Remembering Andrew Shaw’s best Blackhawks’ moments


BOSTON, MA – JUNE 24: Andrew Shaw #65 of the Chicago Blackhawks celebrates with the Stanley CUp after they won 3-2 against the Boston Bruins in Game Six of the 2013 NHL Stanley Cup Final at TD Garden on June 24, 2013 in Boston, Massachusetts. (Photo by Harry How/Getty Images)

CHICAGO – He’s one of those players who endeared himself to fans during the greatest decade in the history of the Blackhawks.

It could have just been his story, coming from a fifth-round draft pick to work himself into the rotation for two Stanley Cup championship runs, that gained the approval of fans.

The forward was also a scrappy player who provided a physical presence to the ice along with relentless energy that helped him play above his natural talent.

All of these reasons made Andrew Shaw a fan favorite during his seven seasons with the Blackhawks and the main reason the team brought him back in 2019. But concussions suffered in Chicago and Montreal became too much, forcing Shaw’s retirement after ten seasons.

But as his career comes to an end, here are some memorable moments from the forward’s career.

JANUARY 5, 2012 – “The Kid Shaw” Make His Debut

Drafted by the team in the fifth round of the previous year’s draft, Shaw had an eventful debut for the Blackhawks in Philadelphia against the Flyers.

Just three minutes into his first game, he got into a fight with Philadelphia’s Zac Rinaldo and proceeded to get bloodied while also tearing his jersey.

Yet Shaw was unfazed, and in the second period picked up his first NHL goal in a 5-4 loss to the Flyers. The rookie would finish with 12 goals and 11 assists in 37 games while appearing in three of the six postseason games against the Coyotes that spring.


In his first Stanley Cup Final game of his career, Shaw brought a long and exciting night for the Blackhawks.

In the third overtime of Game 1 against the Bruins at the United Center, the forward was in the right place in front of the net to tip in a long shot by Michal Rozsival that was deflected by Dave Bolland. It would turn out to be his final goal and point of the playoffs where he scored five times and assisted on four others.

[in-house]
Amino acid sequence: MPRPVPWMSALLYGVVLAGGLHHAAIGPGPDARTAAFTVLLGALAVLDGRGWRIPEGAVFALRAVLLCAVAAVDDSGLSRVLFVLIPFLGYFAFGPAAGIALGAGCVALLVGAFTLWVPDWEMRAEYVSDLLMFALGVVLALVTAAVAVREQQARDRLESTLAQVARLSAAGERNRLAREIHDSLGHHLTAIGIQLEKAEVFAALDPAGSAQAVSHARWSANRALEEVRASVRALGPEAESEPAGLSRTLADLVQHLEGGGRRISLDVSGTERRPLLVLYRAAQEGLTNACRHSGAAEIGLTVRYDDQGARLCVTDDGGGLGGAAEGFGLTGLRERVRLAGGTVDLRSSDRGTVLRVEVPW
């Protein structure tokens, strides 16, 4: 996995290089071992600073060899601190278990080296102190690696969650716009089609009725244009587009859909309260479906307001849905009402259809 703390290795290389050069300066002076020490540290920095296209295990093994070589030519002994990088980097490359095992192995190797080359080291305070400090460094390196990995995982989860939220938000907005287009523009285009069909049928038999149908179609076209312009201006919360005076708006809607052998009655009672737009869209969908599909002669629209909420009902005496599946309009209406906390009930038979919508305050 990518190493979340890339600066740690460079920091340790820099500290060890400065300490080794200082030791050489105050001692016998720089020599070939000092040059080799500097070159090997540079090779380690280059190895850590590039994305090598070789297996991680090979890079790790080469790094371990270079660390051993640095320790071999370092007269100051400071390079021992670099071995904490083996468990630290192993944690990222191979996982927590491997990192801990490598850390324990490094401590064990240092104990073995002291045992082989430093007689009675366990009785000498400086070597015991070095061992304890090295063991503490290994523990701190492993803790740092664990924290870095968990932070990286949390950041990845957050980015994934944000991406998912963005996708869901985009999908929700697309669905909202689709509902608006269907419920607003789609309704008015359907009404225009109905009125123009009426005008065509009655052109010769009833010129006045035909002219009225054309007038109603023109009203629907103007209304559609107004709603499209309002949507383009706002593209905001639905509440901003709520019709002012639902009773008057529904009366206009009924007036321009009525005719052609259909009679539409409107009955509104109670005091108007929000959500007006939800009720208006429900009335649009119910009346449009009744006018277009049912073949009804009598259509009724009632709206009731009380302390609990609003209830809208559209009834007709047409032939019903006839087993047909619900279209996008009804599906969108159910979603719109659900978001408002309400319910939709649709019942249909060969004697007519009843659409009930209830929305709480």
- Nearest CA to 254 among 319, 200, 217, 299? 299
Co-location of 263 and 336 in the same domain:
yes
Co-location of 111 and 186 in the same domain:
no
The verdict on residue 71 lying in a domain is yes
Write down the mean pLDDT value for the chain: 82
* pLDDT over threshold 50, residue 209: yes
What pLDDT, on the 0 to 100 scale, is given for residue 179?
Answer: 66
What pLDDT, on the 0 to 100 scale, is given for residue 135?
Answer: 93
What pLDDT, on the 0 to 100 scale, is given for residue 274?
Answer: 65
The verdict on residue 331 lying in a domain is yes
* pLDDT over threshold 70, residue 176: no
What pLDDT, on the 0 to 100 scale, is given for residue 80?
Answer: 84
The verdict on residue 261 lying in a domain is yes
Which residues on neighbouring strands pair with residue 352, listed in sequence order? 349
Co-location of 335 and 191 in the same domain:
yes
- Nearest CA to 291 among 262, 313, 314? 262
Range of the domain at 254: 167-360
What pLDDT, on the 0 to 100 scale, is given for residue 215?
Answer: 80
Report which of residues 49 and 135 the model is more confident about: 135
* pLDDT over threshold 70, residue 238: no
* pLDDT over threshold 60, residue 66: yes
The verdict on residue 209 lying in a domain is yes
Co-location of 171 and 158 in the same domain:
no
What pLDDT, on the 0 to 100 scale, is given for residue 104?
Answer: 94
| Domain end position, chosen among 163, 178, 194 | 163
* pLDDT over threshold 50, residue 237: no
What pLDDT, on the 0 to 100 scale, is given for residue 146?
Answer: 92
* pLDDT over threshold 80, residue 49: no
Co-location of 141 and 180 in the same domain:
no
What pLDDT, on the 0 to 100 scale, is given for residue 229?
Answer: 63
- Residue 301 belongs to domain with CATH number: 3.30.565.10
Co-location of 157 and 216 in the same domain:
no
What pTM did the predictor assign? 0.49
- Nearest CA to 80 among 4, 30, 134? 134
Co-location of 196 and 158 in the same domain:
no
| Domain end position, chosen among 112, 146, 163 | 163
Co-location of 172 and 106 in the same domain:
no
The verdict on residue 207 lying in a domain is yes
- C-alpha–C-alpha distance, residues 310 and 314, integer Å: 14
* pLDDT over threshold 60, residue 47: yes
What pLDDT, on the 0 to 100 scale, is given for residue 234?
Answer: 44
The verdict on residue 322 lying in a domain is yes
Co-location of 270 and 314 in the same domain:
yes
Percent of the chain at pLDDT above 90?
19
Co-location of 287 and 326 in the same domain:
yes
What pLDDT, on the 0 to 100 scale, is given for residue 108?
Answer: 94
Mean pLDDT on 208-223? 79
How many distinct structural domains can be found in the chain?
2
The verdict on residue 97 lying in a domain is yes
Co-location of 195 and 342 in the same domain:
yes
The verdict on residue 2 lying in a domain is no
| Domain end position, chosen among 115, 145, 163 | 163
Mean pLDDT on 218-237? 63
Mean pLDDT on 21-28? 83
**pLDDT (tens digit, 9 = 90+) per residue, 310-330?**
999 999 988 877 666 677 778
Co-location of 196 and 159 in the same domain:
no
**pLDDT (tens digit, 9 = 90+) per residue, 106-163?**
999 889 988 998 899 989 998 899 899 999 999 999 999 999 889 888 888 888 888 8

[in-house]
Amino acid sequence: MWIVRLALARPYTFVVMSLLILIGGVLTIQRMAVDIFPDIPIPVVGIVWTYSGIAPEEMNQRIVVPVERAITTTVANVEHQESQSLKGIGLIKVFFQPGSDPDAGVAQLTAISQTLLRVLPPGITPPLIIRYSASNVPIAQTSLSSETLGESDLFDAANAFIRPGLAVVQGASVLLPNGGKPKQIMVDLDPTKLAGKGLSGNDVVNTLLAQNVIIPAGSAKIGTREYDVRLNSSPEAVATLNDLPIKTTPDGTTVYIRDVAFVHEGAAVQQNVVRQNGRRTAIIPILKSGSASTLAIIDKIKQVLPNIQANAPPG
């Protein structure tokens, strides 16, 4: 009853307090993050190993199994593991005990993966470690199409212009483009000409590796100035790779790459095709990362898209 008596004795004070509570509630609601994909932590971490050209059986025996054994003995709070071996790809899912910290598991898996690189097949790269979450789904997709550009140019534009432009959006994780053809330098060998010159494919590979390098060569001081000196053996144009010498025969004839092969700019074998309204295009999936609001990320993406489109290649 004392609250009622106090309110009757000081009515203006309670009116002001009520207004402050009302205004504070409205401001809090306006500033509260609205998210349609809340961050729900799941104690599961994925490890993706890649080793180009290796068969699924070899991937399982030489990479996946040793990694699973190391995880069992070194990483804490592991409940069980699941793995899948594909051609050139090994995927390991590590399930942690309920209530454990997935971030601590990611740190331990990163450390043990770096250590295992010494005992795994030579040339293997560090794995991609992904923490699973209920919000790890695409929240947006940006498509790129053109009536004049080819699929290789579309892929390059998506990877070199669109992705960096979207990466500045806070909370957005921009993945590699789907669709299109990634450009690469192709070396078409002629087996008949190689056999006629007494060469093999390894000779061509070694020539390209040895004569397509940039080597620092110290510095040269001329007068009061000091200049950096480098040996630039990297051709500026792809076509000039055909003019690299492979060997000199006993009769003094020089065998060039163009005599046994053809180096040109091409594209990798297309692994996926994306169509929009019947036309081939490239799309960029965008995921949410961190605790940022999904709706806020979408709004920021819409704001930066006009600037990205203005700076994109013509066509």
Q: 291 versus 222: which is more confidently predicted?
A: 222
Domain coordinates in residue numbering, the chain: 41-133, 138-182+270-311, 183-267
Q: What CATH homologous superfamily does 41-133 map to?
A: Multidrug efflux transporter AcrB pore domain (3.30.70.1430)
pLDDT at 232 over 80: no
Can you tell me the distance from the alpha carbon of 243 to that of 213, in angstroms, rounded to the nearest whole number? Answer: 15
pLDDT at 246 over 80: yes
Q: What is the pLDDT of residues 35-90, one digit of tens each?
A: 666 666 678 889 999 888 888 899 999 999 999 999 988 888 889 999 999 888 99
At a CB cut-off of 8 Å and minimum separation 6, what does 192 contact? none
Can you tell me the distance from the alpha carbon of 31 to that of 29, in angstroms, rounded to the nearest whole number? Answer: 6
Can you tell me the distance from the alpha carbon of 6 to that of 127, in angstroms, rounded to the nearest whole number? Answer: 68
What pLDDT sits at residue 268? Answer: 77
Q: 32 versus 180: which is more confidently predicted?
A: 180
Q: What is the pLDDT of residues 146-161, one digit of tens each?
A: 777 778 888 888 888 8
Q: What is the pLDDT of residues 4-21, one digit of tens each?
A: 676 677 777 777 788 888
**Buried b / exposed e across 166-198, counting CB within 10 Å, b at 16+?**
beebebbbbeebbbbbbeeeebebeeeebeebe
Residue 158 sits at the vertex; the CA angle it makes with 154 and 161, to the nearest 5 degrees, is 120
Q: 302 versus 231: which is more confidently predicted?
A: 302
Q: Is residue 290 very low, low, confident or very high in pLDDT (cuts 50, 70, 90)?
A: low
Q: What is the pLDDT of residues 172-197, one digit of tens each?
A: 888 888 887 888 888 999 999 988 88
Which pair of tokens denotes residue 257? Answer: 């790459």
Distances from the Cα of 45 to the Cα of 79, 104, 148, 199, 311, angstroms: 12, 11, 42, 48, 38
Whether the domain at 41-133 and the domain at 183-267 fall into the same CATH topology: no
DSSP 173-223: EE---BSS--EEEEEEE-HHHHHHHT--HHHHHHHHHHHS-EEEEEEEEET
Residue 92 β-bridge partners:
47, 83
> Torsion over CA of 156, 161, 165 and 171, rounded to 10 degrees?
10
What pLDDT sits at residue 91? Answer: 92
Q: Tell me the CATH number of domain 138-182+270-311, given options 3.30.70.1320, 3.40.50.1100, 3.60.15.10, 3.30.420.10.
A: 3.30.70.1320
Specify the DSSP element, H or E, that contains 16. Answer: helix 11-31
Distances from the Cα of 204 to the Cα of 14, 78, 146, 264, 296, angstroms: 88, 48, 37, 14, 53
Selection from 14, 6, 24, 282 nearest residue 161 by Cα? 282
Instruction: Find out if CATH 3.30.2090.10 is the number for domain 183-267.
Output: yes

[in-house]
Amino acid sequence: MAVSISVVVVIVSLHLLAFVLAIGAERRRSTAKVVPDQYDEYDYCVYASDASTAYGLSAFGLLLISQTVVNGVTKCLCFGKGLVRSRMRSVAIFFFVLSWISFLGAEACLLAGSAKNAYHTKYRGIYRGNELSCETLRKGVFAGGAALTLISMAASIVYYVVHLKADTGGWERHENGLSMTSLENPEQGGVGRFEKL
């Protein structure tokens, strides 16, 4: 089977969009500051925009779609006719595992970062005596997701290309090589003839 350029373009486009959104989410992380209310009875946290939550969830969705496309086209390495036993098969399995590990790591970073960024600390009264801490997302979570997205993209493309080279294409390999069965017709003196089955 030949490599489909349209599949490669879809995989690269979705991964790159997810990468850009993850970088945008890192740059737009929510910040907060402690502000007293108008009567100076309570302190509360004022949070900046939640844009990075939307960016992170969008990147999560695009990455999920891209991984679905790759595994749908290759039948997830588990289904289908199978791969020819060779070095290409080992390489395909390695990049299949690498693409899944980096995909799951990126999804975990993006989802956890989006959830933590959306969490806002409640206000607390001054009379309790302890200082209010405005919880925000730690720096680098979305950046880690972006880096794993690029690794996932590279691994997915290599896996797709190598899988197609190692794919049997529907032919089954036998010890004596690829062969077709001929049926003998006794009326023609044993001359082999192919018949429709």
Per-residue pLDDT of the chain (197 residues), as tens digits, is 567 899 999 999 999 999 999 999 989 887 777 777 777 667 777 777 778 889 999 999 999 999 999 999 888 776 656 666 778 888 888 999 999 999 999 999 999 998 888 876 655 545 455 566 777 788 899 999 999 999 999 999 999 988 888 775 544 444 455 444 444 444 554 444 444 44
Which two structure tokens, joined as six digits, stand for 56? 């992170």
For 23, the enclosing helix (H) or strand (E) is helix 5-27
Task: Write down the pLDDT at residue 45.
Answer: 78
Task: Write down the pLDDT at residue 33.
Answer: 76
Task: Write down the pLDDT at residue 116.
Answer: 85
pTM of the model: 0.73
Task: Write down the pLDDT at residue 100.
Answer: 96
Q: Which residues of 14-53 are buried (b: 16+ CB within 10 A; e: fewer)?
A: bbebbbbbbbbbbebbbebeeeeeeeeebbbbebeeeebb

Later in that series, Shaw would have a moment that would come to symbolize his career with the Blackhawks.

With four minutes to go in Game 6 against the Bruins in Boston, Shaw took a puck to the face on a shot from Shawn Thornton and immediately hit the ice.

His face was severely cut on the play, yet he got it stitched up and managed to return to the ice for the rest of the game. He’d end up playing ten minutes in the contest as the Blackhawks famously rallied in the final minutes with the two goals in 17 seconds to beat the Bruins 3-2 to win the Stanley Cup.

May 19, 2015 – A “Heads” Up Play

One could argue the most famous goal of Shaw’s career was one that didn’t count.

Facing the Ducks in Game 2 of the Western Conference Finals in Anaheim, Shaw briefly brought and end to the game when he headbutted a floating puck into the net. Since he did it intentionally, the referees eventually overturned the score, and the game continued on.

Yet the moment continued to resonate in the form of pictures and memes after that, with many forgetting that Marcus Kruger ended the longest game in Blackhawks’ history with a triple-overtime score.

While that score didn’t count, a few others did during Shaw’s most productive postseason of his career. He tied his 2013 total of five goals while also adding seven assists in 23 games as the Blackhawks won a second Stanley Cup in three seasons.

February 4, 2021 – One More For The Home

At the time he didn’t know it, but a February 4th home game against the Hurricanes would be his last at the United Center. Shaw would suffer a concussion during the next road trip in Dallas and wouldn’t return for the rest of the season.

But in his last appearance as the building he called home for seven of his ten NHL seasons, Shaw recorded his 116th and final goal on a power play in the first period. It was the last major play of his seven seasons with the Blackhawks, which included a two-year, 40-game stint after playing three years with the Canadiens following a 2016 trade to Montreal.

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